Gareth Shaw: What happens to someone’s pension when they go into care?

Dear Gareth,

My mother is about to move into a residential care home on a permanent basis. I jointly own the house that she currently lives in and we plan to use a ‘deferred payment scheme’ to cover the cost of her care until I sell the property.

But no-one can tell me whether my mother will be able to still receive her state pension, attendance allowance and her private pensions if we take up the deferred payment scheme? Can you help?

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Gina Rogers, via email

Gareth says…

Arranging care for a loved one can be stressful, not helped by negotiating a labyrinthine set of rules to understand how to pay for it. So I can appreciate the frustration you’ve experienced trying to get answers to what should be a relatively straight-forward question about your mother’s income.

Let’s start with how funding for residential care works. I’m going to focus on care in England, which is where you’re based, as the systems are slightly different across the UK. Whether or not your local authority will pay for some or all of your mother’s care will depend on the outcome of a financial assessment.

This will look at the income and capital your mother has to determine whether or not she can afford to pay for care herself, or whether the local authority will partially or fully fund her care.

It is important to note that the value of your home is only taken into consideration when assessing finances for care homes. It won’t be considered for ‘domiciliary care’, or care in your own home. In England, if her savings and assets are worth more than £23,250, she’ll have to fund her care entirely. As the joint owner of a property, this appears to be the case. But if the amount of capital she owned fell between £14,250 and £23,250, the council would make a contribution to her care. She would have to pay £1 for every £250 in savings she has between these bands.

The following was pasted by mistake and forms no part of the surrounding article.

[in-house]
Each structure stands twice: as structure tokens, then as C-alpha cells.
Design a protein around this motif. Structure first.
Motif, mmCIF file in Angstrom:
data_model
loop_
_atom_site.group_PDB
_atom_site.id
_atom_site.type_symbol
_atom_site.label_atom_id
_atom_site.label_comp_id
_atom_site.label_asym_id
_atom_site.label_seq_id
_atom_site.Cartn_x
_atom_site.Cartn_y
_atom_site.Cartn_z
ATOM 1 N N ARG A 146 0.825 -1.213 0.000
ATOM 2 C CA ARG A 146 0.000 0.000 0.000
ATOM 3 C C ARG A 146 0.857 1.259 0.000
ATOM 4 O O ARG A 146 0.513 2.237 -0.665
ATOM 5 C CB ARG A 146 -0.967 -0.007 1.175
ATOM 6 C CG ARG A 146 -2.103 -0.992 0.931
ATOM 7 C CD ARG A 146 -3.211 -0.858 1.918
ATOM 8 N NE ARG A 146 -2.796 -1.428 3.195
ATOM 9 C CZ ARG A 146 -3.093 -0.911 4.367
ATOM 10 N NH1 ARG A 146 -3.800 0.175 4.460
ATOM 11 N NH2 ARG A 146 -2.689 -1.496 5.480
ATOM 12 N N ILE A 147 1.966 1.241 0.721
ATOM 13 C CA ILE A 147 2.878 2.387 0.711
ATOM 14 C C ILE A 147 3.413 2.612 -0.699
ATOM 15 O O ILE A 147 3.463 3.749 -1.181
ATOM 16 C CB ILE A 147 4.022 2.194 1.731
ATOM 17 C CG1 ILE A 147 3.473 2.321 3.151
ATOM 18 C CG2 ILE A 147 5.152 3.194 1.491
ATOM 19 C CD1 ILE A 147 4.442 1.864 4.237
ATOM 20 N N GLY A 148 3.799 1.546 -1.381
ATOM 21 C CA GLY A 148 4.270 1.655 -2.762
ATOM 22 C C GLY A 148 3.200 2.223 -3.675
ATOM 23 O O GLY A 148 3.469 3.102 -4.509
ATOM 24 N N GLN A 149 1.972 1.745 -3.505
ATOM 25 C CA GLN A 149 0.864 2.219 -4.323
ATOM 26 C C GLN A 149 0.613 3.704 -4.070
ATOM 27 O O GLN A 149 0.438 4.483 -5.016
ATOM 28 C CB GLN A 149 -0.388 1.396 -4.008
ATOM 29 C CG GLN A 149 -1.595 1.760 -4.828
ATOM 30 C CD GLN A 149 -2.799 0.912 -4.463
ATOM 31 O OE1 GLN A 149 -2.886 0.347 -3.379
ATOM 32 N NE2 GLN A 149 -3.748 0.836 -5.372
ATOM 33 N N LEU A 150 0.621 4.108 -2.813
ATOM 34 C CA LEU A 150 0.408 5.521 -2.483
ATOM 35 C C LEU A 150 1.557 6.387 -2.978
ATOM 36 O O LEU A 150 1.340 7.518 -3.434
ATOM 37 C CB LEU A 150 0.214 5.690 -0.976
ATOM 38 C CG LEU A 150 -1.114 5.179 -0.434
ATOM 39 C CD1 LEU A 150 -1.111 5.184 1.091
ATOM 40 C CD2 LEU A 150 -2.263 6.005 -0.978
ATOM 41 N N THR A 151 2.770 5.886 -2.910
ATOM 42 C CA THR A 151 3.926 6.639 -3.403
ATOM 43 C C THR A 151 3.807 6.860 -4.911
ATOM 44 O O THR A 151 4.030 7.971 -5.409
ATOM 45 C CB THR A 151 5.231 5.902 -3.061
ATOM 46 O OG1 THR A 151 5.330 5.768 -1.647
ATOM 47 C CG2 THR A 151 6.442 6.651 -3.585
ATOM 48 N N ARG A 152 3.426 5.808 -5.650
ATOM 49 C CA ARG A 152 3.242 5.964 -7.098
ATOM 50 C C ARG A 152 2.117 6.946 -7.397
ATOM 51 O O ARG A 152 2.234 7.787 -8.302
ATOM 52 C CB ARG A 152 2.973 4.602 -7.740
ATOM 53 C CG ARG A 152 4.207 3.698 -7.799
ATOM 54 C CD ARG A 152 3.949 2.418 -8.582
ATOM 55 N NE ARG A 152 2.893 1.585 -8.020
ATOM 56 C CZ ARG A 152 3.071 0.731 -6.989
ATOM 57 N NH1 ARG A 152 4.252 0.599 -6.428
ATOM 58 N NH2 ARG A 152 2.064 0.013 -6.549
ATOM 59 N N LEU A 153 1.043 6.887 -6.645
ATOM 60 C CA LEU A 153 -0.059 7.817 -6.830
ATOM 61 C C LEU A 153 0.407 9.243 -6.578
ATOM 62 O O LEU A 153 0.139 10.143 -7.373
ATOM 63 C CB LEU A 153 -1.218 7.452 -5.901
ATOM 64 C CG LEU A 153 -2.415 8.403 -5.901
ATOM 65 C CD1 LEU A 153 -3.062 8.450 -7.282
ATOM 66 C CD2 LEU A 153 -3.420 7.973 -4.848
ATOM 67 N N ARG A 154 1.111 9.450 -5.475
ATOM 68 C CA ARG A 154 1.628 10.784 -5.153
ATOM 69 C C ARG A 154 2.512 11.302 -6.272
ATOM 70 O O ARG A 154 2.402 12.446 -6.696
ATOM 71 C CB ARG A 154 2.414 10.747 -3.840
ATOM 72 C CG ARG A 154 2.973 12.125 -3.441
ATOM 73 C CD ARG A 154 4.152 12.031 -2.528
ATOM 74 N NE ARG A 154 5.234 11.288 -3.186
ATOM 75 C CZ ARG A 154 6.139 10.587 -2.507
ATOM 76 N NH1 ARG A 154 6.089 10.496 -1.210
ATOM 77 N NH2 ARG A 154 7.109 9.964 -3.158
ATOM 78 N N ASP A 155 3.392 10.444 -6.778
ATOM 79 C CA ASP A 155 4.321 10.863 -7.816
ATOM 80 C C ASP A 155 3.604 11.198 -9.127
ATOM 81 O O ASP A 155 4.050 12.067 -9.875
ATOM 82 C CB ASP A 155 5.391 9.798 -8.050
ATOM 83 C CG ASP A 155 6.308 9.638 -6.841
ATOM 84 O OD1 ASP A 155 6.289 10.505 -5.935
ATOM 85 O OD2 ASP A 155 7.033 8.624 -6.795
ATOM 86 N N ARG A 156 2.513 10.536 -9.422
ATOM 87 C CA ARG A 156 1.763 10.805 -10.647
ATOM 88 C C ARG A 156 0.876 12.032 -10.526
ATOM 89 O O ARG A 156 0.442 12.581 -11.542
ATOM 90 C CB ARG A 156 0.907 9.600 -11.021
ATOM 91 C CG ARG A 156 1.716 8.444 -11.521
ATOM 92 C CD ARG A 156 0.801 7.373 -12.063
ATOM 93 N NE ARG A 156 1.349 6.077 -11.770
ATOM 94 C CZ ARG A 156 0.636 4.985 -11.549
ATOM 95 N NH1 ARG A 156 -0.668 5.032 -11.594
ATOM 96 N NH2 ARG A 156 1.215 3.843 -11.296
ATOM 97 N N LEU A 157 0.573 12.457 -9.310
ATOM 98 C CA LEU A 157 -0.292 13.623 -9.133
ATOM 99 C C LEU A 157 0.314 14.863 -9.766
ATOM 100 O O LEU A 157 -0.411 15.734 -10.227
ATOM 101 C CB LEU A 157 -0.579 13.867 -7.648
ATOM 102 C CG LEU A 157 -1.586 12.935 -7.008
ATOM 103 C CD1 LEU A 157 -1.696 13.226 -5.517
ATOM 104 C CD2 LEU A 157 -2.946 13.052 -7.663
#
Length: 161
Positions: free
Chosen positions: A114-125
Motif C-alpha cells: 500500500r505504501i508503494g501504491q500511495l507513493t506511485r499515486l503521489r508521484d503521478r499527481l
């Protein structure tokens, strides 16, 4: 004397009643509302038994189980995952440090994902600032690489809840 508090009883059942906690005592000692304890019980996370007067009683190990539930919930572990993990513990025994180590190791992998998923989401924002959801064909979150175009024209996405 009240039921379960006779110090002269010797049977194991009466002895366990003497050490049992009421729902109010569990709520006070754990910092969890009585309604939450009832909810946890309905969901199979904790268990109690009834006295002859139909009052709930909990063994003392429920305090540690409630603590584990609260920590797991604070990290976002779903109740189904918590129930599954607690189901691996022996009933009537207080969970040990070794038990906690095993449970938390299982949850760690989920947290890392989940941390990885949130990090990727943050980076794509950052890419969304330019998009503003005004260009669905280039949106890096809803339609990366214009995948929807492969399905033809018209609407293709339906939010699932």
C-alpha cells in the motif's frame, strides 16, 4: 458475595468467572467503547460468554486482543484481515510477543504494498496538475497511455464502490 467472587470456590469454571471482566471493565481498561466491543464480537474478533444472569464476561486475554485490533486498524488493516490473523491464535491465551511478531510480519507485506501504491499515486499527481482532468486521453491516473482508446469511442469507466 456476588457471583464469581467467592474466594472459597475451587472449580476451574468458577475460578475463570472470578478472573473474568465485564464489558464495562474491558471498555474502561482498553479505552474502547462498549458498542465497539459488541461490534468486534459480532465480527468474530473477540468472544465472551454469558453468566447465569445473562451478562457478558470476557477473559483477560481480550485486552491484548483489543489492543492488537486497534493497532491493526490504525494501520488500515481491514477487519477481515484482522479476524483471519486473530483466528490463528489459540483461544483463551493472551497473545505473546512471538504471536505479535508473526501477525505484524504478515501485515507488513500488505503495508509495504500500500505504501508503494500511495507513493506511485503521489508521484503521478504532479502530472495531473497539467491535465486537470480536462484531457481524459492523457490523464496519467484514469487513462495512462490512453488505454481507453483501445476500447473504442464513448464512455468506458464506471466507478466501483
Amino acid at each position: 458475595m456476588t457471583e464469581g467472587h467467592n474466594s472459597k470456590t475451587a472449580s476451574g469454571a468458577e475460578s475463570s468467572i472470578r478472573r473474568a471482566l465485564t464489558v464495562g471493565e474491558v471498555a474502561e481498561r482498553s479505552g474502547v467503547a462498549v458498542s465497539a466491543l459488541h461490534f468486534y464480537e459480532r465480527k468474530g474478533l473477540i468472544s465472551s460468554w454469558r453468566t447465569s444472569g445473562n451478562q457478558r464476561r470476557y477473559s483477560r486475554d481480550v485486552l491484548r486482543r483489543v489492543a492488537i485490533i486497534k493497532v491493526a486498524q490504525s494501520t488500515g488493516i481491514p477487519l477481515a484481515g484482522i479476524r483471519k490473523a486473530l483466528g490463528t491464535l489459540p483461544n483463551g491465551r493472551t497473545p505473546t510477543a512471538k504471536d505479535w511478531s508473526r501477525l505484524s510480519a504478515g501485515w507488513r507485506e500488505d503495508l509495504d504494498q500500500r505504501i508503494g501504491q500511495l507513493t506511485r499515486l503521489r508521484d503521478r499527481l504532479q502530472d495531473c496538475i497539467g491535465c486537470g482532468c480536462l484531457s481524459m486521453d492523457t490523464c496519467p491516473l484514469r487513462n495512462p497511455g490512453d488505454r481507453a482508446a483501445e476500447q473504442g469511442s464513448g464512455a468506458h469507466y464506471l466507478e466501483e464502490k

The local authority would only pay for her care in full if she had less than £14,250 in assets. The council would not require her to pay anything out from her savings, but she may be required to make a contribution from her income.

That is very much the basics of care funding. Which? publishes a standalone website dedicated to helping you navigate later life care: You have said that you are planning to use a deferred payment scheme.

A deferred payment scheme is essentially a loan from your local authority to cover the cost of your care, allowing you to effectively extract cash from your home without selling it. In order to qualify for it, your mother needs to own a property with no-one else living there, be in a residential care home, and have less than £23,250 in savings.

So, as the joint owner of the property, you cannot be living there if you want to take up this option.

The loan is secured against the property, which means it must be repaid when the owner dies or the property is sold. You will pay interest, although this is capped at a maximum of 1.45 per cent.

Local authorities may charge other set-up fees, but they are not allowed to make a profit. As to whether or not your mother can keep her income, the simple answer is yes, although that comes with a caveat. She should be able to retain her state pension, attendance allowance and other pension income, but she will go through a financial assessment with the local authority prior to arranging the deferred payment scheme.

They will usually expect her to use some of her income to contribute weekly to her care home costs. They must, however, allow her to retain a ‘disposable income allowance’, currently £144 per week. So she should be able to keep up to £144 a week of her total income – anything above that will likely be used to contribute towards care costs.

Depending on how much income your mother earns, this may sound disappointing that her income is effectively being cut to £7,488 a year. But it will reduce the amount that you need to defer, paying back less when the property is sold and retaining more of the profits made on sale.